I did not blog about it at the time, but a month or two back, I decided to see if riding an exercise bike 4-5 times a week had gotten me in adequate shape to ride a real bike. </p>
My routine on my exercise bike is to warm up for a minute or two, and then spend the remainder of the period biking at the maximum resistance. Usually biking very slowly, 9 mph or so.
Using an actual bike alternated between 'Wow this is ridiculously easy' and 'this isn't even exercise' and 'OMG I'm gonna die.' The first two are on level ground and downhill slopes. The last one is on uphill slopes. I still cannot bike all the way up the horrible hill of doom north of my house. Maybe two-thirds of the way up, I am forced to dismount and walk my bike the rest of the way to the top.
I am not entirely sure what the difference is. One possibility is that 'highest possible resistance' on my exercise bike is still not as hard as any reasonable grade on a hill. Another is that I can't keep up enough momentum to stay balanced on an uphill slope: a reclining exercise bike does nothing whatsoever for one's sense of balance, after all, and the 8-9 mph I can sustain uphill may simply not be fast enough for my meager sense of balance. A third is impatience: I exhaust myself on real hills in an effort to get up them faster, and ultimately can't sustain even the slow-but-steady pace of the exercise bike.
On the theory that it's the second, I am attempting to sustain a faster pace at maximum resistance in my basement. So far, this is indifferently successful. I think I'm keeping at about 10 mph, average.
Honestly, I bought myself a programmable bike five years ago, and could never be arsed to program a routine in it. If I had any sense at vall, I'd look up the directions and figure out how to get it to change the resistance for me, and to sound an alarm if I dropped below the target mph.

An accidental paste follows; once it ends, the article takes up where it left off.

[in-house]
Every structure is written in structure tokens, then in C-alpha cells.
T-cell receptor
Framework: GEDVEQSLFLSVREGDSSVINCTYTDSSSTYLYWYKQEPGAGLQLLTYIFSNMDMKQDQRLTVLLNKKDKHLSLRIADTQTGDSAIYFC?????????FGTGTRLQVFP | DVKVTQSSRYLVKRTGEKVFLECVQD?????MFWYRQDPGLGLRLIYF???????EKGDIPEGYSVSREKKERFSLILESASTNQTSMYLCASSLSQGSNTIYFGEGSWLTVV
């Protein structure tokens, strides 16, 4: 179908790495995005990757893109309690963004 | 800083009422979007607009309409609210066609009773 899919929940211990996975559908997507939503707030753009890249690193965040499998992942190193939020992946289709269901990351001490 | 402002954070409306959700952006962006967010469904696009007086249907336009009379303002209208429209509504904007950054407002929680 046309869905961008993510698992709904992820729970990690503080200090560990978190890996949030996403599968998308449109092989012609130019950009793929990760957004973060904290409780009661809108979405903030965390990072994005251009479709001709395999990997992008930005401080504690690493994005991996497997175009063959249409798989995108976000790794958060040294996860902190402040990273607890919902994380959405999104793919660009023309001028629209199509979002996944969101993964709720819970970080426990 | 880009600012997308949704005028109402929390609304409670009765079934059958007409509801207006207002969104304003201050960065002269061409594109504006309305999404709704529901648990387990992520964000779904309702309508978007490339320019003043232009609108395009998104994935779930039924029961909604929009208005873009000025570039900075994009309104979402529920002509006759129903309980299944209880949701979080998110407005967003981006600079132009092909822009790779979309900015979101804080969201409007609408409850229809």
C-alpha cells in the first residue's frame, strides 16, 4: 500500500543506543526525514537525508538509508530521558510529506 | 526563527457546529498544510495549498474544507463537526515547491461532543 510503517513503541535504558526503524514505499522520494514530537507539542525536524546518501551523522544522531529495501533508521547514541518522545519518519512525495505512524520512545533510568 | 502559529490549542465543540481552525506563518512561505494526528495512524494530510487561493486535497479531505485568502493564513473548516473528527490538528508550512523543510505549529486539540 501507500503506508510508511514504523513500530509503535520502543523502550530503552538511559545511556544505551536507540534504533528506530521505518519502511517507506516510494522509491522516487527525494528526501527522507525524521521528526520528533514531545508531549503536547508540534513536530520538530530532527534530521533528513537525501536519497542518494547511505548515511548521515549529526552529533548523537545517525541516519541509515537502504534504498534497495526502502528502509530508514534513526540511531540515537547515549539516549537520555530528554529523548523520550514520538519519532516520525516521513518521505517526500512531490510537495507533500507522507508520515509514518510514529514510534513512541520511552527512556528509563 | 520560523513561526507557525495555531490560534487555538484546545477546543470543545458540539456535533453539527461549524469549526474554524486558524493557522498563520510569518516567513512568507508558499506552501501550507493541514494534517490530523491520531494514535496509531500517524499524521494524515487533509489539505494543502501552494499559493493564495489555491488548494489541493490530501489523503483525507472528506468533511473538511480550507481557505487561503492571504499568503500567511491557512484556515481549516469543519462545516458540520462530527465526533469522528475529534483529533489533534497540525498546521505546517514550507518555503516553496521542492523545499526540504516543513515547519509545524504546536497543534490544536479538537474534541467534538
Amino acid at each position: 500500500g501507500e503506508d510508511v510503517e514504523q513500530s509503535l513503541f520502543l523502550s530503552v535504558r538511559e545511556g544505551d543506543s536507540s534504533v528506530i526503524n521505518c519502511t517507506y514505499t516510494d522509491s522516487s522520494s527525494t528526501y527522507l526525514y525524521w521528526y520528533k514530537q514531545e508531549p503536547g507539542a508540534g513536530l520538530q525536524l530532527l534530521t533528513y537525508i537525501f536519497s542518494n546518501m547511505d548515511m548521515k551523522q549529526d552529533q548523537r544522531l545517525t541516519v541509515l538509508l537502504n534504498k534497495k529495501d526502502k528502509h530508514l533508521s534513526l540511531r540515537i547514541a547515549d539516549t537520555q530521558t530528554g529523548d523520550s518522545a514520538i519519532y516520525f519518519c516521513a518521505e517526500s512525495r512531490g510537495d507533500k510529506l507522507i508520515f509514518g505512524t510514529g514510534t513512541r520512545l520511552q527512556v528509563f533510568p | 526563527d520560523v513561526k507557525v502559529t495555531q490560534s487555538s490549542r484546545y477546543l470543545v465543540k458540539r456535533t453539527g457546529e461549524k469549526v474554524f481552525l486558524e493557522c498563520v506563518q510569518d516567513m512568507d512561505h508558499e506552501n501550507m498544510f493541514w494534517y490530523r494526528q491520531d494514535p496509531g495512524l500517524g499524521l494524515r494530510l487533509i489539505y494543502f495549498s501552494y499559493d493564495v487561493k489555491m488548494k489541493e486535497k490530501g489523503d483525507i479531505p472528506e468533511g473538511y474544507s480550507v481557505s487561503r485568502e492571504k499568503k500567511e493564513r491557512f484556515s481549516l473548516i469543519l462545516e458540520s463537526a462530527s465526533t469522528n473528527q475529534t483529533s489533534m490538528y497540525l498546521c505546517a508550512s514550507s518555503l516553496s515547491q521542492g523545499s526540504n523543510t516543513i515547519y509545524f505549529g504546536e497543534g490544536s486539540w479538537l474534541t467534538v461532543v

Incidentally, keeping to 10-11 mph at max resistance is MUCH HARDER than keeping to 8-9. Ow ow ow ow tired.
Must keep journaling or will stop biking.
The other new idea I have for exercise is to try to get back to the one-hour workouts I was doing back in 2006-2007. Because 4-5 times a week of 30 min on exercise bike + walking 1.5 miles per day to work is not enough to maintain my weight. 9.9 So it's change my diet again, or exercise more. I am currently attempting both. I'm going to eliminate the (tasty, tasty) sausage from my spaghetti sauce (a major staple) and I am changing my snack-at-work from cookies to granola and yogurt.
Bringing the bag of granola to work was probably a mistake. Granola is not low in calories, and I've been nibbling at it by itself as well as mixing it with low-calorie flavored yogurt. Still, I'll give it a week and see what my 'natural' consumption rate works out to be, in calories.
I think my first half hour at 'trying to up the pace' works out to a little under 10 mph. If I can get another half mile in the next three minutes, though, I'll give myself credit for the full 10 mph. (The problem is that my warm-up is faster than the full-resistance slog.)
The other thing that the real-world bikeride reminded me of is a study that said that alternating a minute or two of intense exercise with a minute or two of easy exercise (eg, raising and lowering the resistance on an exercise bike) burned dramatically more calories than simply maintaining a steady pace that should have (algorithmically) burned the same number. Actually, I don't remember if they were measuring actual calories or if they had some other measure they were using. The point was that variable intensity appeared to be better than consistent intensity. That would certainly match my impression that, while at least 3/4ths of my outdoor ride was much easier than my typical exercise bike ride, the ride as whole left me feeling much more exhausted. Maybe even more exhausted than I am now, after peddling about 5.5 miles at 10 mph at maximum resistance.
*kicks resistance down from 16 to a nice leisurely 13*
Okay, another 23 minutes to go, at easy pace. Let's see if I can bring myself to write about something less banal than exercise for the rest of this.